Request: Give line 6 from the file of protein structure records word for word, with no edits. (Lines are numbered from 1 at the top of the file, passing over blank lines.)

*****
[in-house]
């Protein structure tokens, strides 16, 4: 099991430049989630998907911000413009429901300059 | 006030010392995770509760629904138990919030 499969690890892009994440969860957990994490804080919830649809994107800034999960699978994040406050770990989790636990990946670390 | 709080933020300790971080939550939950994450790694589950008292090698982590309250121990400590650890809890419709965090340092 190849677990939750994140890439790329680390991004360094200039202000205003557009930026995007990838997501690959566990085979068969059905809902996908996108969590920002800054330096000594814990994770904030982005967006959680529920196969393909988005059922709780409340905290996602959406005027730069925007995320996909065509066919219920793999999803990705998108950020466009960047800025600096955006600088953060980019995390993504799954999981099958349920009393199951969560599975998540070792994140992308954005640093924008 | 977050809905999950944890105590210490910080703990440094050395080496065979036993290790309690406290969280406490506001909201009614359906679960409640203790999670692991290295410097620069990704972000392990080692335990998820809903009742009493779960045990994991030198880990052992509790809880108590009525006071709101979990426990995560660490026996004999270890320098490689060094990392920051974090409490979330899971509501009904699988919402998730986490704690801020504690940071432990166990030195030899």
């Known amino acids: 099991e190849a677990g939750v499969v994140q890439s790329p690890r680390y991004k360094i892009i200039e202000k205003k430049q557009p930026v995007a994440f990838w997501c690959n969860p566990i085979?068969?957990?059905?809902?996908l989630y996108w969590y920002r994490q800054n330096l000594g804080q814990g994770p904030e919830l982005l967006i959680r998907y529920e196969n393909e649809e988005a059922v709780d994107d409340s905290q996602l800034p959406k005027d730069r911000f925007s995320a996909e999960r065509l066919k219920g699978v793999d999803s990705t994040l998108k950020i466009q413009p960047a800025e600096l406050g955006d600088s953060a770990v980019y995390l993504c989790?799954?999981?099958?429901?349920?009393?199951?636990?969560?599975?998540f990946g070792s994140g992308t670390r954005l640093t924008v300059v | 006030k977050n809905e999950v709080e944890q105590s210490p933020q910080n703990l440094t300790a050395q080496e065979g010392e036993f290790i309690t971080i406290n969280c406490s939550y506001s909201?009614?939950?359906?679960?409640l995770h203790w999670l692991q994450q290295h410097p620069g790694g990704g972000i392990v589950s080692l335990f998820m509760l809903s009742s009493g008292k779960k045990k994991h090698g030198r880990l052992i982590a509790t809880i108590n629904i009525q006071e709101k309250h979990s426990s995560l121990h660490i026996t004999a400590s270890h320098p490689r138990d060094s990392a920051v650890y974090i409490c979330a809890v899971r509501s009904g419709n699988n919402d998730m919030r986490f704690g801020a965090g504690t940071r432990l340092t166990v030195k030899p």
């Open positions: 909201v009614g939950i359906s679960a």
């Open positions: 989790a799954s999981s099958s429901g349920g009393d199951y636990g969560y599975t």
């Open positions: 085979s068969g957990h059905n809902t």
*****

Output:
């Open positions: 085979s068969g957990h059905n809902t």